Camera Rolls: 311:40-42
Sound Rolls: 311:23-24
Produced by Blackside, Inc.
Housed at the Washington University Film and Media Archive, Henry Hampton Collection.
Interview with Ray Smith , conducted by Blackside, Inc. on February 21, 1992, for The Great Depression . Washington University Libraries, Film and Media Archive, Henry Hampton Collection.
These transcripts contain material that did not appear in the final program. Only text appearing in bold italics was used in the final version of The Great Depression.*
OK. Let's begin by—
Why don't you begin by just telling me any memories you have of Henry Ford. Did you ever see Henry Ford?
Oh, most certainly I, I used to see him. Both, Mr. and Mrs. Ford liked to come out to receptions, wedding receptions, and then, I never saw him too closely, I mean, but then he'd have these parties down at Dearborn. First, it was in the, in the main part, the part of the museum, and then they built Edison Institute, and then the parties were there. I can't remember how we were invited, whether they, either it was a telephone [ gap: ;reason: inaudible ] or a written invitation. And then the people would go, and they'd, the Fords would greet you when you, when we came in graciously. And then they'd do the square dances. Mr. Lovett would call off the, the dances, and some people were crazy about them. Other people weren't too enthusiastic about the square dances. But Mr. Ford and Mrs. Ford you could tell thoroughly enjoyed them. And he, if there was a very attractive girl came in in an old-fashioned dress, we'd all, we'd joke that he'd be dancing with her before the evening was over. And usually that was the case. We were not supposed to have even, we were not supposed to have liquor on our breath, and we weren't supposed to smoke their either. I got caught once smoking on the deck with a friend of mine, and we came out and Mr. Ford caught us, and we thought we'd never be invited again. But nothing resulted from it.
What, what did he say when he caught you?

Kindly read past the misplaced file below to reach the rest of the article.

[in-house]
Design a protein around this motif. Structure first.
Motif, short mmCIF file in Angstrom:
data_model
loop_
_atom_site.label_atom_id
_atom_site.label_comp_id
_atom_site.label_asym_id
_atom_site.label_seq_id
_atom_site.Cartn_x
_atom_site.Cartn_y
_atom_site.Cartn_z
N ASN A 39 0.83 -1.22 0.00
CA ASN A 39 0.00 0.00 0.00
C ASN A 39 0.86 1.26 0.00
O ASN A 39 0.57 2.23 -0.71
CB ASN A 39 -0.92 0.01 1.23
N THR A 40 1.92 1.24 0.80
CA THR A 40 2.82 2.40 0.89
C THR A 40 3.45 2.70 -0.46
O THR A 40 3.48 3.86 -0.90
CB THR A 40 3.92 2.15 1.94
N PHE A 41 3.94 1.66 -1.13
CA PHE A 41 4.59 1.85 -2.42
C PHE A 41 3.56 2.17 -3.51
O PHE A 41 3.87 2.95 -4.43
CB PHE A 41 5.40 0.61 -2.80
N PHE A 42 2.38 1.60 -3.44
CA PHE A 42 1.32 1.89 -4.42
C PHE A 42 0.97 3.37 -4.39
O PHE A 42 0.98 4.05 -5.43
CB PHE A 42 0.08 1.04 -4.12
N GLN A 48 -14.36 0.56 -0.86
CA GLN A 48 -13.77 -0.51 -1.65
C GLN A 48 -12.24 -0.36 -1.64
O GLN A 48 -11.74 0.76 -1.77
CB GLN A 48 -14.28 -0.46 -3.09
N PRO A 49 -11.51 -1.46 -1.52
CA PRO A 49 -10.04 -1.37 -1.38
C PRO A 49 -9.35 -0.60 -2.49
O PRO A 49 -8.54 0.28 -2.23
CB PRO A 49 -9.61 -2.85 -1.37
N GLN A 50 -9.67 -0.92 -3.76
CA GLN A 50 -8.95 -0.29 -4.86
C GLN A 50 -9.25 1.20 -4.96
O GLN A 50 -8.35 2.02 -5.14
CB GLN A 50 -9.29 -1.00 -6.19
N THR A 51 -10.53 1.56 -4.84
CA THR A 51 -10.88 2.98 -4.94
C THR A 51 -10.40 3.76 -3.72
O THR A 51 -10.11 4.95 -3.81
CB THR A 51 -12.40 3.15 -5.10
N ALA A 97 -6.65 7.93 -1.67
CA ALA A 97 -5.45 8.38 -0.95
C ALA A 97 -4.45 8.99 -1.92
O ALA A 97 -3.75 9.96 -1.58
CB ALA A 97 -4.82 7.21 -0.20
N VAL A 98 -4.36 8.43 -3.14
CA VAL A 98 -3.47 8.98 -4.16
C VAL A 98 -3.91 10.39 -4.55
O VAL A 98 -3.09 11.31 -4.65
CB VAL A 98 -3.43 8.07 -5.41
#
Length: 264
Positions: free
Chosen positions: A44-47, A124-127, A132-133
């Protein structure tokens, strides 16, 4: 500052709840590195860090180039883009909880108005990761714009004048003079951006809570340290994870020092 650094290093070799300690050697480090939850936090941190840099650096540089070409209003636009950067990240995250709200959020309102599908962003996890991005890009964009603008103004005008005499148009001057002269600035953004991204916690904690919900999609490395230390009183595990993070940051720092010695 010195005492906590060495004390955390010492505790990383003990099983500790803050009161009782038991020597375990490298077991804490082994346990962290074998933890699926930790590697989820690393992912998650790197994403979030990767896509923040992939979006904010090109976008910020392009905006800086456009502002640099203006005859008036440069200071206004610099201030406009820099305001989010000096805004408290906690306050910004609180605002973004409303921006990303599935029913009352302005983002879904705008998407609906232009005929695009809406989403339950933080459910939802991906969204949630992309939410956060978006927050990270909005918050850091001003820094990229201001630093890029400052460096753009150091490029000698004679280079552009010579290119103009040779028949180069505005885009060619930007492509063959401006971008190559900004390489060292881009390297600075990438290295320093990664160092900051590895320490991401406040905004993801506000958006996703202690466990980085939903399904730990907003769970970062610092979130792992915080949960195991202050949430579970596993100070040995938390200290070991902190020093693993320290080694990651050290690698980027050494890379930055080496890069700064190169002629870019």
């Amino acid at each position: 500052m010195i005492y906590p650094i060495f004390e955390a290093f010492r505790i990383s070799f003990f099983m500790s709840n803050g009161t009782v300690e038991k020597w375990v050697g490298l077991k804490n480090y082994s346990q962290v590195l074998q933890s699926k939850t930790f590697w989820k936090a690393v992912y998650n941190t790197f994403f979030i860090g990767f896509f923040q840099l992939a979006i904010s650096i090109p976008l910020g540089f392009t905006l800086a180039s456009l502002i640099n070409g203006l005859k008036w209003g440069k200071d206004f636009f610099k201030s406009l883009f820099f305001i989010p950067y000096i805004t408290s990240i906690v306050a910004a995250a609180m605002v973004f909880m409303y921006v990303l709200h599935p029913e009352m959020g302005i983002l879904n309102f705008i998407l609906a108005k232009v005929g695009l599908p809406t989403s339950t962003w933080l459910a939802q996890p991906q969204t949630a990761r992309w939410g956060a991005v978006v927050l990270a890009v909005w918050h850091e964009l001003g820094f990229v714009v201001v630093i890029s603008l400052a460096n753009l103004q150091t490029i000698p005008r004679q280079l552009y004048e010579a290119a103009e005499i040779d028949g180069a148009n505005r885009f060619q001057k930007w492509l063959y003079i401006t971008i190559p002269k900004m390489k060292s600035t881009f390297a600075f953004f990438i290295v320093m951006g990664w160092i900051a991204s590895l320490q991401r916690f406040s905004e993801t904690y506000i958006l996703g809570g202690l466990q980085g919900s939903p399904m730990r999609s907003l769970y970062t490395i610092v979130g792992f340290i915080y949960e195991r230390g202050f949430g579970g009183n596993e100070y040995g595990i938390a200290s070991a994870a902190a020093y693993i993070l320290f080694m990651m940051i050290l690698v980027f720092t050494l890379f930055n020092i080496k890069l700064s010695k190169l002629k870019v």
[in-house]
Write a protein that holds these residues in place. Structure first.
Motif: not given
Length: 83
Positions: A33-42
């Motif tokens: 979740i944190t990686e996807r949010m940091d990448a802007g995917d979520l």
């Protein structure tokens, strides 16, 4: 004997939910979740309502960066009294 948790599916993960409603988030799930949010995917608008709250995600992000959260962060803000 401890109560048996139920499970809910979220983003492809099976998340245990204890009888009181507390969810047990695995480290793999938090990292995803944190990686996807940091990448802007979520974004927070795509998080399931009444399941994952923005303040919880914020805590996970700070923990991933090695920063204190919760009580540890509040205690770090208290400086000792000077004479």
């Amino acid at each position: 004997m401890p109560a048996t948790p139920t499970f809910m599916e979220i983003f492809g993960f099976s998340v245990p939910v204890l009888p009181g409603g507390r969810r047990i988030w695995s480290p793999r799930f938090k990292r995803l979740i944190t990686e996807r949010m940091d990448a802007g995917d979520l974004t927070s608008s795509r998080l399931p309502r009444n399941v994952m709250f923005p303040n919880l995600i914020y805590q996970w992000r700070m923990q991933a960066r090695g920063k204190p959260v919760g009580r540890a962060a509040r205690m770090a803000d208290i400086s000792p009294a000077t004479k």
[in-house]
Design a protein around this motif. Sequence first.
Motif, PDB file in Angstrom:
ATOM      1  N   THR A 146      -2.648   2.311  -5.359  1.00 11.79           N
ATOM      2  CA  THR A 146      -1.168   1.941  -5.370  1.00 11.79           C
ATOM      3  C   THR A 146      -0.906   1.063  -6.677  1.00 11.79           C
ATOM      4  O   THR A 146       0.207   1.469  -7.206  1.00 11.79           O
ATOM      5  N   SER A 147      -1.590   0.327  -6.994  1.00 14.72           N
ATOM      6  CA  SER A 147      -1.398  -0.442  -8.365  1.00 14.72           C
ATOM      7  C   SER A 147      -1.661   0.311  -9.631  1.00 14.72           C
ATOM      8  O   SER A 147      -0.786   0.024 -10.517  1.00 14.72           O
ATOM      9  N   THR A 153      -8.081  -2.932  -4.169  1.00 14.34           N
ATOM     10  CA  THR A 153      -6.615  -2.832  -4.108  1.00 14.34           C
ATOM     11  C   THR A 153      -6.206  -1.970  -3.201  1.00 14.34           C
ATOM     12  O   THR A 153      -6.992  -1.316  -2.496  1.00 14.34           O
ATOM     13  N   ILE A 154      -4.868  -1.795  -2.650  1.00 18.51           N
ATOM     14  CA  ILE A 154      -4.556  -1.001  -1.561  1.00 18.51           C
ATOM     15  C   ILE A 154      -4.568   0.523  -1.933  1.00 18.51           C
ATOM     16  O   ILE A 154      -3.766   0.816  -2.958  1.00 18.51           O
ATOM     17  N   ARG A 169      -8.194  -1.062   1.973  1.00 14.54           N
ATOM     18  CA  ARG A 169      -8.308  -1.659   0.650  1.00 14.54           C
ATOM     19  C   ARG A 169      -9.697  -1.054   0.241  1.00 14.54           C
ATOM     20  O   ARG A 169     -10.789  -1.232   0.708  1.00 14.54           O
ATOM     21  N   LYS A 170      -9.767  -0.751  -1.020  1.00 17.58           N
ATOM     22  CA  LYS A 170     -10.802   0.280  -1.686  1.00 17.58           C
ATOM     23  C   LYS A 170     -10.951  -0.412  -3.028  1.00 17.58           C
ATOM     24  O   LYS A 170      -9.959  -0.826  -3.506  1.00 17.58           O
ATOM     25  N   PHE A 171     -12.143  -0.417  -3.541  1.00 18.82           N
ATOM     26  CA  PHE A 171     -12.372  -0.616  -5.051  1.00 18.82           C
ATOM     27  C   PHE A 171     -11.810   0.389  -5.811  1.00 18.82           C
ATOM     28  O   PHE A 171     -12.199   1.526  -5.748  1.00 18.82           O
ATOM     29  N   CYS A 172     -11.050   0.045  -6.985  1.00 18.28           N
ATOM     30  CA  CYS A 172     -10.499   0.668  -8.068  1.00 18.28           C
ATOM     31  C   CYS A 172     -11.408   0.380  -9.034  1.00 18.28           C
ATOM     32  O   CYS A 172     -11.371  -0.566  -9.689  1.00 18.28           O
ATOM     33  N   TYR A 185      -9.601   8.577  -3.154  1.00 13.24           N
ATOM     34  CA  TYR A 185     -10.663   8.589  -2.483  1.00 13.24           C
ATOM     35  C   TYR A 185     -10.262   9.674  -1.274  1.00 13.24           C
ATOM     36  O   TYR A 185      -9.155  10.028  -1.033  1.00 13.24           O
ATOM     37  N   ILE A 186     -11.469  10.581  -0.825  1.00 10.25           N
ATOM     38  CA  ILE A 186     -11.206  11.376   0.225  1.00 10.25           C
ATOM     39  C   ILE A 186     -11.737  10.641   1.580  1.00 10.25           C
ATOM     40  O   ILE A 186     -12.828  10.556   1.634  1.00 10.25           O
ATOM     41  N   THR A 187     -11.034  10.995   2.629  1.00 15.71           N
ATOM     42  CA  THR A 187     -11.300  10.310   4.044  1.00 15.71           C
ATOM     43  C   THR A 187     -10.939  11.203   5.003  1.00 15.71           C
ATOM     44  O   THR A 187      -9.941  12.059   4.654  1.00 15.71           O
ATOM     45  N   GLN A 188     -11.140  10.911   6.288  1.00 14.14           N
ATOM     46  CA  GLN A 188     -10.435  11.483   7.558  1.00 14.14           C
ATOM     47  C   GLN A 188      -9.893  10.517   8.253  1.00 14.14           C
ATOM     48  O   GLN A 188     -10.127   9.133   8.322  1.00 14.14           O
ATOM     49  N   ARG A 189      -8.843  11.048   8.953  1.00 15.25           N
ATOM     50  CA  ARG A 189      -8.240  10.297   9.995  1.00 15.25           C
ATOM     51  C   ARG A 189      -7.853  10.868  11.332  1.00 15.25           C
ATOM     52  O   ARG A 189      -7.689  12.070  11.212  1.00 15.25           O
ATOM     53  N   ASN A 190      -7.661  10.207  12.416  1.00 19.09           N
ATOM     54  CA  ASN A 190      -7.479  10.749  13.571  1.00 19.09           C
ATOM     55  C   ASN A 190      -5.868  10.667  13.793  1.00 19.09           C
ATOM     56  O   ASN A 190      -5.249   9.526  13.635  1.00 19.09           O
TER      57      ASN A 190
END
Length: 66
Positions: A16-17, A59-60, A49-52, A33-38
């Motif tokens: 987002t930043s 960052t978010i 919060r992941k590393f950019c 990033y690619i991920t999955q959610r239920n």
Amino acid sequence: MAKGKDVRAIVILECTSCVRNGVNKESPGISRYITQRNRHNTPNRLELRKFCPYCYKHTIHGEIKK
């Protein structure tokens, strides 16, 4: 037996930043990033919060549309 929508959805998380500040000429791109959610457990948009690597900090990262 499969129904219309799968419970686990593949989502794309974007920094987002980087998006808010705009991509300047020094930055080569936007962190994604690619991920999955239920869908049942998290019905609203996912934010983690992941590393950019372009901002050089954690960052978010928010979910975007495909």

I can't recall what he said, but maybe he just looked at us, I can't remember. [laughs] But, he, I mean, they, they were very much opposed to both drinking and smoking.
Was he a pretty conservative guy?
Oh, I would say so, yes, wiry, small, and very, he was a very, he loved to join in on that dancing. He went in there. Both of them did.
Was that dancing considered kind of old-fashioned at that time?
Well, there was square-dancing, well, they were all old-fashioned dances, I mean, the Virginia reel and all those things like that, I forget the, I forget the other names.
Were those, were they different from the dances that people were doing in the rest of Detroit?
Oh yes, oh yes. Detroit at one time had a great deal of dancing, a great deal of coming-out parties, so that was very different. These were old-fashioned, I mean, they'd be what you considered, compared, I mean, to the, to the dances. We didn't do anything like the fox trot or any of that down there. It all the square dances where, where the things were called off.
I've heard that some Ford employees were required to come to the dances. Did you know anything about that?
I don't know, I don't believe it, I don't know. We all, we went, as I remember very definitely we went with a black tie, and then they had valet service parking the cars. That's my recollection, that he had all that kind of service. And then after the, and that's pretty good exercise, too, and after we danced, why then they served a nice, little light refreshments. Then we all said goodnight to Mr. and Mrs. Ford, went on our way.
Great. Excellent description. Can you tell me if, if, if you were at the dance, looked around the hall, can you just describe to me what it would look like, what kinds of people you would see and what they would be doing?
Oh, there were mostly, I'd say the big majority would be from out here. But, I mean, that wasn't necessary at all, because the Fords had friends in Bloomfield, several from Bloomfield, and up north [ gap: ;reason: inaudible ] , there were different ages, too. Now my group, the few that I went with, were the, were the younger group, really. And then, but there were a very, very nice selection of people, generally.
Were some people trying to sneak into the men's room with a little hip flask? Or—
Not to my knowledge. No, I think they all quite followed the, the requests of the Fords.
I see. Great, great.
There would, no—I'm sure they wouldn't be invited if they didn't.
Let's talk about, in the 1920s and the early 1930s, what was, what was your profession? What did you do for a living?